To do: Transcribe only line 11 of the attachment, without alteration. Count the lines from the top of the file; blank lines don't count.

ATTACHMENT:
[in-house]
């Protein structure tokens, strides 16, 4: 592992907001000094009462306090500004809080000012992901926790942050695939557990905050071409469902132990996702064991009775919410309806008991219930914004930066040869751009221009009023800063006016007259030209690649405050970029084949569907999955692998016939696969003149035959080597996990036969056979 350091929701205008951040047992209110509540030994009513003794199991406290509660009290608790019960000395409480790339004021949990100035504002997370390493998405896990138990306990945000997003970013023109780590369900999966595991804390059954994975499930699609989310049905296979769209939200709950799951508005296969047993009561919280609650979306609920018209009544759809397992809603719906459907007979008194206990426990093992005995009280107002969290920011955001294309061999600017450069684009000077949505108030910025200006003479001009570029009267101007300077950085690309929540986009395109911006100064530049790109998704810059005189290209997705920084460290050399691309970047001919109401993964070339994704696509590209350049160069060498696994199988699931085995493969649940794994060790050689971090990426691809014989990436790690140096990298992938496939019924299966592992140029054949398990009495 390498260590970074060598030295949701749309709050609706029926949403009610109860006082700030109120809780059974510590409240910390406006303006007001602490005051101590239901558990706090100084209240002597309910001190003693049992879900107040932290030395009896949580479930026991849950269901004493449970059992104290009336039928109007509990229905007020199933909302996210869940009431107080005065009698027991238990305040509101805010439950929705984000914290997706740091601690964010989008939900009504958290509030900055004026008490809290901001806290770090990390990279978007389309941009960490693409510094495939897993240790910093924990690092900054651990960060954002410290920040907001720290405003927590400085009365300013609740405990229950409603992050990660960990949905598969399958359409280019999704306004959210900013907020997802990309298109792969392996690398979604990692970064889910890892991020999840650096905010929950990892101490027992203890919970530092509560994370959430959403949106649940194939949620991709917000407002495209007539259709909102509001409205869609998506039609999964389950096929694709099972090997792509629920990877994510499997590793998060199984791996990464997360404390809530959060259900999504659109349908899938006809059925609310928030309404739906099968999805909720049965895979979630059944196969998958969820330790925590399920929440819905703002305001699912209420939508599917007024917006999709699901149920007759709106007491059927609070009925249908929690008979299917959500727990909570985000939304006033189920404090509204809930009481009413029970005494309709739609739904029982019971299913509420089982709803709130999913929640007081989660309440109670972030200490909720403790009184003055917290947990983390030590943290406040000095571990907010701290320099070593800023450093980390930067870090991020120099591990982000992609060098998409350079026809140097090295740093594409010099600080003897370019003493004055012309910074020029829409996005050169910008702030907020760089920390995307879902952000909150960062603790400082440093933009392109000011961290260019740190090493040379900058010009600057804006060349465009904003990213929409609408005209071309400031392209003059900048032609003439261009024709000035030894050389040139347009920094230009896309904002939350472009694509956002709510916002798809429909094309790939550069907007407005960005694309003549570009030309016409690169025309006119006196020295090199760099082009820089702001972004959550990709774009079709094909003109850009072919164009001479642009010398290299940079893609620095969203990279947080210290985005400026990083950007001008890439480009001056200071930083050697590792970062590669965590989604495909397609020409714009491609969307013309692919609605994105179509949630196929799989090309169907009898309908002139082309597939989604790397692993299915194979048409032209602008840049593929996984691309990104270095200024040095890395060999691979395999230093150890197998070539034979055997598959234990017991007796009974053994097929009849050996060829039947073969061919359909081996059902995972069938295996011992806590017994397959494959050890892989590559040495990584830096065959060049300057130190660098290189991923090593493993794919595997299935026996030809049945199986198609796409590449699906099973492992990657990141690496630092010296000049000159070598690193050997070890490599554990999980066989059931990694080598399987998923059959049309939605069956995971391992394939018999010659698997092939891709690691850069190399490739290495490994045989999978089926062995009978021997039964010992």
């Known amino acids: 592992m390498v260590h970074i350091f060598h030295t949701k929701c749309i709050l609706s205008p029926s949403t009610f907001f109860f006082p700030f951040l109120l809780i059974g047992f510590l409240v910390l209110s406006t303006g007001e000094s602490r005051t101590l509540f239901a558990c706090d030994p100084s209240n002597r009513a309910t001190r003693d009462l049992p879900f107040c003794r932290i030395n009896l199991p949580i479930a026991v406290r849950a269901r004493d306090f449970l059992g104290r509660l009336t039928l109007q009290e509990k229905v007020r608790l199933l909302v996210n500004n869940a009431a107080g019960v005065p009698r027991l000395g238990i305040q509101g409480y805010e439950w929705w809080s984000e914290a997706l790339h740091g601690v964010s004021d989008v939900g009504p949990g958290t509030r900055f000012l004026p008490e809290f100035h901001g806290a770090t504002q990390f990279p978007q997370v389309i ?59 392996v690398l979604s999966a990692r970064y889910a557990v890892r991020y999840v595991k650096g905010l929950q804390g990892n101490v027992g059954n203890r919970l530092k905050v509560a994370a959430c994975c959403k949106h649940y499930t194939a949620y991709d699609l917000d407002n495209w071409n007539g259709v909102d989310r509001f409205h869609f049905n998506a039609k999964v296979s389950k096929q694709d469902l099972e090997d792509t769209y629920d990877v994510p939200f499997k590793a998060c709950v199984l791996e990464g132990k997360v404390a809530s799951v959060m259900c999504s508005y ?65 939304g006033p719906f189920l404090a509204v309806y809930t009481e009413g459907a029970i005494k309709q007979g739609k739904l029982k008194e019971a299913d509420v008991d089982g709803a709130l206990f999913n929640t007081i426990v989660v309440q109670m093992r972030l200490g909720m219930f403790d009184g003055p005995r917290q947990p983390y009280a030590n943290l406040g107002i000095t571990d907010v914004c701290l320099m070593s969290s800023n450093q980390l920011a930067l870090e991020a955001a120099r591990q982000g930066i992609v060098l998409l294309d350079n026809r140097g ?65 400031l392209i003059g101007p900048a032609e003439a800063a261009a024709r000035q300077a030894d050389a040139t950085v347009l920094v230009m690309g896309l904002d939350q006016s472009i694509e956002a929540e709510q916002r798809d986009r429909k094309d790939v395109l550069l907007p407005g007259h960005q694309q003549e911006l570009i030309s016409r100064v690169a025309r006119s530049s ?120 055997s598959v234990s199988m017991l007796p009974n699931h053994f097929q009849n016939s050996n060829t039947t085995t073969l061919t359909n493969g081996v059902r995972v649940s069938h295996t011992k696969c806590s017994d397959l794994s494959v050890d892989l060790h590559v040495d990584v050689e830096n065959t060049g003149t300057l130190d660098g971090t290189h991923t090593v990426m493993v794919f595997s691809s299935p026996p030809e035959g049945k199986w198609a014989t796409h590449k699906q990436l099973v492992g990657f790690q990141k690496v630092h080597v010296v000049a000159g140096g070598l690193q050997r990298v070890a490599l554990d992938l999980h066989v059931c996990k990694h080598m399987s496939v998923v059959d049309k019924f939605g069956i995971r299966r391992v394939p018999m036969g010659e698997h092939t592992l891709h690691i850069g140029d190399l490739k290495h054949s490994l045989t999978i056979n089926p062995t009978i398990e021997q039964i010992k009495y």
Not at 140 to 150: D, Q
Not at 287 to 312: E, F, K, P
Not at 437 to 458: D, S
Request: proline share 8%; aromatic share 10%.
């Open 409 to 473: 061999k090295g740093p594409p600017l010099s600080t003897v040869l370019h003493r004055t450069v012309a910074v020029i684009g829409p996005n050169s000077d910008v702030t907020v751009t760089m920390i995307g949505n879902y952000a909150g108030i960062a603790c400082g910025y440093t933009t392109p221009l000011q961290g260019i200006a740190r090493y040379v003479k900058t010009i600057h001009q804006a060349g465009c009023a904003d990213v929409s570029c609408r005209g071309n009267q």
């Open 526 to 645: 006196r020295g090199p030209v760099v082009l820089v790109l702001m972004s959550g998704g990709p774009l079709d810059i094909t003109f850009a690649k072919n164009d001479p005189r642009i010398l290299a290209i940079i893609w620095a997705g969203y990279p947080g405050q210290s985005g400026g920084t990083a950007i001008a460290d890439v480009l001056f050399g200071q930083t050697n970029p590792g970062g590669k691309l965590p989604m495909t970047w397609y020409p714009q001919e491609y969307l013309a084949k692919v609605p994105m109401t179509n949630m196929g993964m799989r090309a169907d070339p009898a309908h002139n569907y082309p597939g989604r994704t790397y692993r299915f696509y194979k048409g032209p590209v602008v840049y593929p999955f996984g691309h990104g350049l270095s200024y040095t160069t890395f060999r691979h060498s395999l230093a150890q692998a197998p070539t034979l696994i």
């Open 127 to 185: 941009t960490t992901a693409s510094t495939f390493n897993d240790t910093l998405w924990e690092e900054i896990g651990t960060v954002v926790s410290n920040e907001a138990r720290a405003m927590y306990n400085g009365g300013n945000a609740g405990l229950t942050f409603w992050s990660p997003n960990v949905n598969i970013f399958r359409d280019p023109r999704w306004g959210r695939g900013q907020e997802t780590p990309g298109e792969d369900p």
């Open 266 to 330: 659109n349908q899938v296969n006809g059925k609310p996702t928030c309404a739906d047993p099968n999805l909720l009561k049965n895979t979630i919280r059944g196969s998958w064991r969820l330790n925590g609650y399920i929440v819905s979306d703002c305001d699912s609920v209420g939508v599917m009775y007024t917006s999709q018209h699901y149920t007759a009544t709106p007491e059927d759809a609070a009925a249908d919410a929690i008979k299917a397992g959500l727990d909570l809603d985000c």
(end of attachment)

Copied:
């Open 266 to 330: 659109n349908q899938v296969n006809g059925k609310p996702t928030c309404a739906d047993p099968n999805l909720l009561k049965n895979t979630i919280r059944g196969s998958w064991r969820l330790n925590g609650y399920i929440v819905s979306d703002c305001d699912s609920v209420g939508v599917m009775y007024t917006s999709q018209h699901y149920t007759a009544t709106p007491e059927d759809a609070a009925a249908d919410a929690i008979k299917a397992g959500l727990d909570l809603d985000c």